Silicon Power XPOWER Turbine RGB DDR4 Memory Review: Page 4 of 6

Posted by Damon Bailey on Monday, April 1, 2019 - 8:00am

System Configuration & Testing

Testing Hardware:

  • ASUS ROG Strix Z390-I Gaming
  • Intel Core i7-8700K
  • Samsung 850 Evo 256GB
  • 16GB (2x 8GB) Silicon Power XPOWER Turbine RGB 3200MHz

 

Testing Software:

  • Microsoft Windows 10 Professional
  • CPU-Z
  • AIDA64 Extreme Edition
  • Passmark Performance Test
  • SiSoft Sandra
  • 7-Zip

 

AIDA64 Engineer Edition

“AIDA64 Engineer has a hardware detection engine unrivaled in its class. It provides detailed information about installed software and offers diagnostic functions and support for overclocking. As it is monitoring sensors in real time, it can gather accurate voltage, temperature and fan speed readings, while its diagnostic functions help detect and prevent hardware issues. It also offers a couple of benchmarks for measuring the performance of individual hardware components or the whole system. It is compatible with all 32-bit and 64-bit Windows editions, including Windows 10 and Windows Server 2016.”

Silicon Power XPOWER Turbine RGB DDR4 Memory

Silicon Power’s Turbine RGB shows strong performance right out of the gate for a 3200MHz set, just slightly edging out the non-RGB version.

Silicon Power XPOWER Turbine RGB DDR4 Memory

Latency is also nice and low at just under 49ns.

 

 Passmark Performance Test - Memory Mark - Threaded

“Fast, easy to use, PC speed testing and benchmarking. PassMark PerformanceTest ™ allows you to objectively benchmark a PC using a variety of different speed tests and compare the results to other computers.”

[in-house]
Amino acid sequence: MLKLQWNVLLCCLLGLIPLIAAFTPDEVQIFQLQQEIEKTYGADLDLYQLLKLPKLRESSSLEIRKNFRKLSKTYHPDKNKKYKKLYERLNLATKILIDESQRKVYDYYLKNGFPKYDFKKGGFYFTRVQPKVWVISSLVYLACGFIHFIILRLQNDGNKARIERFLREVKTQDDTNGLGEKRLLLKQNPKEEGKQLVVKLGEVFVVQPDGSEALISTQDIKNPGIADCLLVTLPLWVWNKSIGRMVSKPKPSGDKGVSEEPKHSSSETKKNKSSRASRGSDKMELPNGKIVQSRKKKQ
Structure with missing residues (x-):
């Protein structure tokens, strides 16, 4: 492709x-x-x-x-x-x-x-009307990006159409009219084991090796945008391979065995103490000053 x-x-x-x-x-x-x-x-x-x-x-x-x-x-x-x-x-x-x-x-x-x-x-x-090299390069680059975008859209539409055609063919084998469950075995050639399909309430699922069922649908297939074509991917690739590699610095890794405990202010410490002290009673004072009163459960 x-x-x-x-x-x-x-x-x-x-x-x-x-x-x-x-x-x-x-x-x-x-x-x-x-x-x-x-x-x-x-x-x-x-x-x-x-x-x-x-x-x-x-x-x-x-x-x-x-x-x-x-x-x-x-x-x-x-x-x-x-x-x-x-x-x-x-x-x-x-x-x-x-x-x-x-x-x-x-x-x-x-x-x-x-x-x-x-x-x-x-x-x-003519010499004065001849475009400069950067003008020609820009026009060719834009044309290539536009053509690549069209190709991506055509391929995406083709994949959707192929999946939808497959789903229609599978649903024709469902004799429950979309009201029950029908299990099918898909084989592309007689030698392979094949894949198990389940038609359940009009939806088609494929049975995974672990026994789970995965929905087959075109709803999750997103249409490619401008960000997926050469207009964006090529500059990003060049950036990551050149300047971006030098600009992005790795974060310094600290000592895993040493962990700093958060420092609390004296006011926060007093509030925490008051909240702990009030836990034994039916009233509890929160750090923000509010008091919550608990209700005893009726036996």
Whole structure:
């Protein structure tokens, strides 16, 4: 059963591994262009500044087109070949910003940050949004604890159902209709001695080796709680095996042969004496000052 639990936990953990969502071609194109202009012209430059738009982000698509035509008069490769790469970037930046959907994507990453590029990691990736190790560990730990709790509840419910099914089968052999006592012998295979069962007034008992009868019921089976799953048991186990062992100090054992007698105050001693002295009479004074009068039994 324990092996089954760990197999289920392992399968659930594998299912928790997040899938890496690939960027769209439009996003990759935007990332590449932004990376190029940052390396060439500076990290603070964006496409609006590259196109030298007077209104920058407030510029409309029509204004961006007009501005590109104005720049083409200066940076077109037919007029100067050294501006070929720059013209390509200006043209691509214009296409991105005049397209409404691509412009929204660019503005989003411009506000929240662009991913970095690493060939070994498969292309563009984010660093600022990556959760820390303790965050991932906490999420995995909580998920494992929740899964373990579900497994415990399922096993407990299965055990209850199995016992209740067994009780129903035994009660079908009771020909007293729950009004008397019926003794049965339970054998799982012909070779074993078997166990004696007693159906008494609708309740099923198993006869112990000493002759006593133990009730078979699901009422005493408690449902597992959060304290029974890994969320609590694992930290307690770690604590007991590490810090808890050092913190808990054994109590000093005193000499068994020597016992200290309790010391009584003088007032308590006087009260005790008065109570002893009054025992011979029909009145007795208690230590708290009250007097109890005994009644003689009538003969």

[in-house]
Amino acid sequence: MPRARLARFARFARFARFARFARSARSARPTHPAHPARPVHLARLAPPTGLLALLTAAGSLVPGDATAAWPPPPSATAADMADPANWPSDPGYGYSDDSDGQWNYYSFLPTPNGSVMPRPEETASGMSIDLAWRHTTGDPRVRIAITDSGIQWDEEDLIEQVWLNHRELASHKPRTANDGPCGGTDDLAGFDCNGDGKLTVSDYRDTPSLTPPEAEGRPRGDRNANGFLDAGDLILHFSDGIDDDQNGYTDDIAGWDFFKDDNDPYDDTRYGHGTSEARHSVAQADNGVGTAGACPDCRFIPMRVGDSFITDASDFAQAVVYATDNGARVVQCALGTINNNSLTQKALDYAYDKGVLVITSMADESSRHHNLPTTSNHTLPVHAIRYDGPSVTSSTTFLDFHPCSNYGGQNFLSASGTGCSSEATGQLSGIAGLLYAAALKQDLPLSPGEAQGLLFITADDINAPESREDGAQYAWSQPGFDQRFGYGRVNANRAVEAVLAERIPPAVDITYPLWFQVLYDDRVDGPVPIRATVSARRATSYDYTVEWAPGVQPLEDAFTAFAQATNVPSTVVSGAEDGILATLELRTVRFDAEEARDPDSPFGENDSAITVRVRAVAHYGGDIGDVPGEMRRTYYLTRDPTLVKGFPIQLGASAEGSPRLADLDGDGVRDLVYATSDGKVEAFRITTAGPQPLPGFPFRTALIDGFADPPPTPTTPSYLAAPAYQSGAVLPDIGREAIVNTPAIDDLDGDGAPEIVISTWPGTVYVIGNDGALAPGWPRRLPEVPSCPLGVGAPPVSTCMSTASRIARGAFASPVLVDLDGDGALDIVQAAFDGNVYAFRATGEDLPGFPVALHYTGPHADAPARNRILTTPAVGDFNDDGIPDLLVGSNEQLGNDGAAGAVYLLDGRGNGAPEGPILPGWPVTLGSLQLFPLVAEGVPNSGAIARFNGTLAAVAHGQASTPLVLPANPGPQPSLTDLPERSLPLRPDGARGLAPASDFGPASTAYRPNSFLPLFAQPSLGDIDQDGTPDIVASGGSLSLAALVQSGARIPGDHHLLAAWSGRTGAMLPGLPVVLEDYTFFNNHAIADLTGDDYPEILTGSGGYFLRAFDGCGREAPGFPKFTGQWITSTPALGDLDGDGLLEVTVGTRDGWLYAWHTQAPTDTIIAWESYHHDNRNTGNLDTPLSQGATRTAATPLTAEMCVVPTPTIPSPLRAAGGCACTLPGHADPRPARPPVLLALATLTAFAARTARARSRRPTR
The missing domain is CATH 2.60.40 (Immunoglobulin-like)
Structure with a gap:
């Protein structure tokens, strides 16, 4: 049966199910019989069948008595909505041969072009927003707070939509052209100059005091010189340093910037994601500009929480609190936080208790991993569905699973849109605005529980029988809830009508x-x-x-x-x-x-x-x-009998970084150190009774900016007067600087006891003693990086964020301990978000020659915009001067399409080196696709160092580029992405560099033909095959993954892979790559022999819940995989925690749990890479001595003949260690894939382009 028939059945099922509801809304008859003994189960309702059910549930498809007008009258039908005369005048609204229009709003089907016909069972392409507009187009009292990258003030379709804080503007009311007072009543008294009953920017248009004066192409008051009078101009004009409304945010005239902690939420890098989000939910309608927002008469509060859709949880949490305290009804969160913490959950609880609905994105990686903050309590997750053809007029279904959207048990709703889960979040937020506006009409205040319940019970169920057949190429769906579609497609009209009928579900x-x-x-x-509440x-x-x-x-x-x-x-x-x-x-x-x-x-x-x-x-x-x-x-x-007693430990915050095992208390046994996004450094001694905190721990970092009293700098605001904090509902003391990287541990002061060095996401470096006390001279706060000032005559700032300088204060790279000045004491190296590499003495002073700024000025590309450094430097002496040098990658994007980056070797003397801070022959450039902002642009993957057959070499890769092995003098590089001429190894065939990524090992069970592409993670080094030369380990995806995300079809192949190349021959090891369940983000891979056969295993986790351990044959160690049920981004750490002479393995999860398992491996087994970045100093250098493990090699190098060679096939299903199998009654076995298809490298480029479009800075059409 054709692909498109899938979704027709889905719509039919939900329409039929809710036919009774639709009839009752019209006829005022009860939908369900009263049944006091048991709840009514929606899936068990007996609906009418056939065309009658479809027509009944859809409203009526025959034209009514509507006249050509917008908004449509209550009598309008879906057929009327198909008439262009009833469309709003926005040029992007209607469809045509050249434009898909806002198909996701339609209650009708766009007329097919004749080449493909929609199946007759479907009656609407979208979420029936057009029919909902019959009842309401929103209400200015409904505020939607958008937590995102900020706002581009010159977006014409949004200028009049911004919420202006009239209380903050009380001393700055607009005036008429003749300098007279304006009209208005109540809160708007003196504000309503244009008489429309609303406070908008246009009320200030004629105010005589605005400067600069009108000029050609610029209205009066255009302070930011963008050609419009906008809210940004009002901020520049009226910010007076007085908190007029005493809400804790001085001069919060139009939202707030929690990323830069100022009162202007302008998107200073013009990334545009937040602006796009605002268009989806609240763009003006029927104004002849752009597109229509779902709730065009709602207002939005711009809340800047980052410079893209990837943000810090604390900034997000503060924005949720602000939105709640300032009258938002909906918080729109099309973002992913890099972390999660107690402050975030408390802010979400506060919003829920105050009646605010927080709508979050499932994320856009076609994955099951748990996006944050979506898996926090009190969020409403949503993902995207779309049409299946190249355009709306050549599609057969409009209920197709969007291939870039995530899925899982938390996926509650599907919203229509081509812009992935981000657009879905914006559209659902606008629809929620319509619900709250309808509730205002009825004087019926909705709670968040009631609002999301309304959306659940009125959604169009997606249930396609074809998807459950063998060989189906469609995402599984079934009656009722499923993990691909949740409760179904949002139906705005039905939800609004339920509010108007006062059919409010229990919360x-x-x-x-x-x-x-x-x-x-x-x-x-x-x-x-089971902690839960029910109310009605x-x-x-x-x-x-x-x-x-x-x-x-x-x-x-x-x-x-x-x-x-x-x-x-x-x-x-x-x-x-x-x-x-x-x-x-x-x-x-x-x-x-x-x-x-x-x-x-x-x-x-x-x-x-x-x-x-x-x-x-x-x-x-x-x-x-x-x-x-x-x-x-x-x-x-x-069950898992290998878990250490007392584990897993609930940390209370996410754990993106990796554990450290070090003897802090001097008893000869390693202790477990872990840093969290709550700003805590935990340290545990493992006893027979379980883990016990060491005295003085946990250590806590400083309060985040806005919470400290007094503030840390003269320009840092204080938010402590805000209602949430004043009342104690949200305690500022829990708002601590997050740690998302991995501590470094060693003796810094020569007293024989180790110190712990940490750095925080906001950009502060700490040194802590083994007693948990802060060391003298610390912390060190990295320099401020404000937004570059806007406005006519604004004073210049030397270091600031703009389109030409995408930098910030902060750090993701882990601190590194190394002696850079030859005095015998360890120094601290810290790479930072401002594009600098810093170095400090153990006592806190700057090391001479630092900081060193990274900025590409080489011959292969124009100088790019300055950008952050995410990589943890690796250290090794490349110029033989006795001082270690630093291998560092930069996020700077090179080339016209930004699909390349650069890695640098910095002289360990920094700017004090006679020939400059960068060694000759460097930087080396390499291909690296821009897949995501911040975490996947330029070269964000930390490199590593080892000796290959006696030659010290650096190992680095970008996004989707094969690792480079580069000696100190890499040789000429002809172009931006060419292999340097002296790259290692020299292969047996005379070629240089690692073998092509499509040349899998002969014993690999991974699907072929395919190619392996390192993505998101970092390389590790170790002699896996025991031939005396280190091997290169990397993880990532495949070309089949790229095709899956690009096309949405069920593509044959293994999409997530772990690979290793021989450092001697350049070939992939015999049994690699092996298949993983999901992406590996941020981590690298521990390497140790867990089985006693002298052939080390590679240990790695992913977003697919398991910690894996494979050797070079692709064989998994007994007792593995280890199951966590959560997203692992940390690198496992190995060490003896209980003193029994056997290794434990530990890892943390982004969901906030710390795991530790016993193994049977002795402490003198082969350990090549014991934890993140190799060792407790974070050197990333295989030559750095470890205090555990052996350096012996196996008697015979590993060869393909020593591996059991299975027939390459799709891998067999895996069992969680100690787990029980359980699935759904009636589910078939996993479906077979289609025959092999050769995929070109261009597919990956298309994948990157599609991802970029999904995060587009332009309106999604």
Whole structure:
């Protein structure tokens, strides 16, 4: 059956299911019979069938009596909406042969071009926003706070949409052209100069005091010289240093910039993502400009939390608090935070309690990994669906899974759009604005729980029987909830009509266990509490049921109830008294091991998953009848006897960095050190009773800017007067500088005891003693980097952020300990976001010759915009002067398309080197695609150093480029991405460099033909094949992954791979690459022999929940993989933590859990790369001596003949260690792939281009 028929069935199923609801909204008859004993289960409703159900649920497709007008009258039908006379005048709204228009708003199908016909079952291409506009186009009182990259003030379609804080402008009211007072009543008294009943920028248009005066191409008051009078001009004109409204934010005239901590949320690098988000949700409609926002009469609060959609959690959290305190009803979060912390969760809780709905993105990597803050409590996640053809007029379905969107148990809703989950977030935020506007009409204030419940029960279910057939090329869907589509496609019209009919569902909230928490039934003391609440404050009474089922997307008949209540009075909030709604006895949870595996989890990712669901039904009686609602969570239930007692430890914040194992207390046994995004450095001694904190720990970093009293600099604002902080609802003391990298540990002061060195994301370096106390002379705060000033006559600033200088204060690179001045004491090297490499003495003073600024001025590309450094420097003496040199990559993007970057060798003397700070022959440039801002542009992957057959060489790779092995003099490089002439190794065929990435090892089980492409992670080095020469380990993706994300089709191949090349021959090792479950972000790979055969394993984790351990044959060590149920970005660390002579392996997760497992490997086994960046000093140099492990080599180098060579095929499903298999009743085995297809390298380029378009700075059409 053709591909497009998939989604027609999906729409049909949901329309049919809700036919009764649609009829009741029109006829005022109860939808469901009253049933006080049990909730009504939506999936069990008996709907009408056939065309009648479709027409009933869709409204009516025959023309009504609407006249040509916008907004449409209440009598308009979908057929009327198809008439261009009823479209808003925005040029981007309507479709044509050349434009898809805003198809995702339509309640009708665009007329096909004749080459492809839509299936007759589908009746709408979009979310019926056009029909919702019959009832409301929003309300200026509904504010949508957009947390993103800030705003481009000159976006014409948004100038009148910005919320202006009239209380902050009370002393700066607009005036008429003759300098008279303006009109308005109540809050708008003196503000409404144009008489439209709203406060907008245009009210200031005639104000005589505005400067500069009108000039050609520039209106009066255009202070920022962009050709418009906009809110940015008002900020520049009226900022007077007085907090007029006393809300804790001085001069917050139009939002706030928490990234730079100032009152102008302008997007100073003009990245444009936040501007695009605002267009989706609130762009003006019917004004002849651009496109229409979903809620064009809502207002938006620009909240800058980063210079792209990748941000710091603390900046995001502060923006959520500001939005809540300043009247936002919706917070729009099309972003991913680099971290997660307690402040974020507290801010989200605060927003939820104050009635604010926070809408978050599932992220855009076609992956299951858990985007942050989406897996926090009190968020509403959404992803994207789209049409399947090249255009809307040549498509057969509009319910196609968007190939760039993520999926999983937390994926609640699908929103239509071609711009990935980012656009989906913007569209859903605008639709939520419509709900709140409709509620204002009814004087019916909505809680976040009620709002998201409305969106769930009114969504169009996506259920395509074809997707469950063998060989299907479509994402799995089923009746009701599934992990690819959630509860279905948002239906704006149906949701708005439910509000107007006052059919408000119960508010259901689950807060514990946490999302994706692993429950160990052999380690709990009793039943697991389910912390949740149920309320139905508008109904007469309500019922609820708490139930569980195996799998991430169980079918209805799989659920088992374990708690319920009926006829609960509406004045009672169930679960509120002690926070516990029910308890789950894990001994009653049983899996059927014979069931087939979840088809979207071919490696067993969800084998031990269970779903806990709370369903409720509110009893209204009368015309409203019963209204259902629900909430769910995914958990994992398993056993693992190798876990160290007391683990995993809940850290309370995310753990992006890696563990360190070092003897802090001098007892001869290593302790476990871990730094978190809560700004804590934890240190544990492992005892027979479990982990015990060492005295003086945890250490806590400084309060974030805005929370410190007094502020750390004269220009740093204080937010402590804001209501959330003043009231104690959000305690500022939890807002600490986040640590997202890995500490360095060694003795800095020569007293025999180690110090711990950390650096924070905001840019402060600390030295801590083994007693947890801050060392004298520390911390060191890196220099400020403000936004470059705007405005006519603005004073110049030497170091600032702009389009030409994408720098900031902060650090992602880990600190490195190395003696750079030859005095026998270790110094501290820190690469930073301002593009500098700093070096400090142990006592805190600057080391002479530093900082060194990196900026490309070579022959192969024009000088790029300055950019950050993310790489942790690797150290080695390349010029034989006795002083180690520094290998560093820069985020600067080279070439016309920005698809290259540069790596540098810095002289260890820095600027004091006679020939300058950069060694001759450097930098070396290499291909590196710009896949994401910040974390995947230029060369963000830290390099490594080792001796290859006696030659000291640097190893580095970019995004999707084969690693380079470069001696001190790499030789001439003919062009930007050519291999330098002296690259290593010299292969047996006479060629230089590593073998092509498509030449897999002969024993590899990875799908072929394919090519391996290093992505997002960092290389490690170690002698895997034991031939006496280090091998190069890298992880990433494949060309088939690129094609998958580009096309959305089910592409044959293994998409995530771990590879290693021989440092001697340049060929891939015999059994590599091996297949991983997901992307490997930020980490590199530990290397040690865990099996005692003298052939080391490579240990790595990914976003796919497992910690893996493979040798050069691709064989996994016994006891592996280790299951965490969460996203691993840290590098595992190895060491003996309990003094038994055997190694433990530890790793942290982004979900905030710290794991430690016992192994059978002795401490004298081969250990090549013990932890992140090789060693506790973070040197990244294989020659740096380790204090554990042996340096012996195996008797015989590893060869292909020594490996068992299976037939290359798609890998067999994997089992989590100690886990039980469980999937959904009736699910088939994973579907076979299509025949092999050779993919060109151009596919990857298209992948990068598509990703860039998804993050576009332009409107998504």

Silicon Power XPOWER Turbine RGB DDR4 Memory

Passmark gives the Turbine RGB the highest dual channel scores we’ve seen yet out of a 3200MHz kit.

 

 

SiSoft Sandra

“SiSoftware Sandra provides a robust package of diagnostic tools for testing your system and teasing out its problems--or potential headaches.”

Silicon Power XPOWER Turbine RGB DDR4 Memory

SiSoft comes in a little lower but still easily clears the 30GB/s mark.

 

Super PI Modded 1.5

“In August 1995, the calculation of pi up to 4,294,960,000 decimal digits was succeeded by using a supercomputer at the University of Tokyo. The program was written by D.Takahashi in collaboration with Dr.Y.Kanada at the computer center. This record should be the current world record. (Details are shown in the windows help.) This record-breaking program was ported to personal computer environments such as Windows NT and Windows 95. In order to calculate 33.55 million digits, it takes 3 days with a Pentium 90 MHz, 40 MB main memory and 340 MB available storage.”

Silicon Power XPOWER Turbine RGB DDR4 Memory

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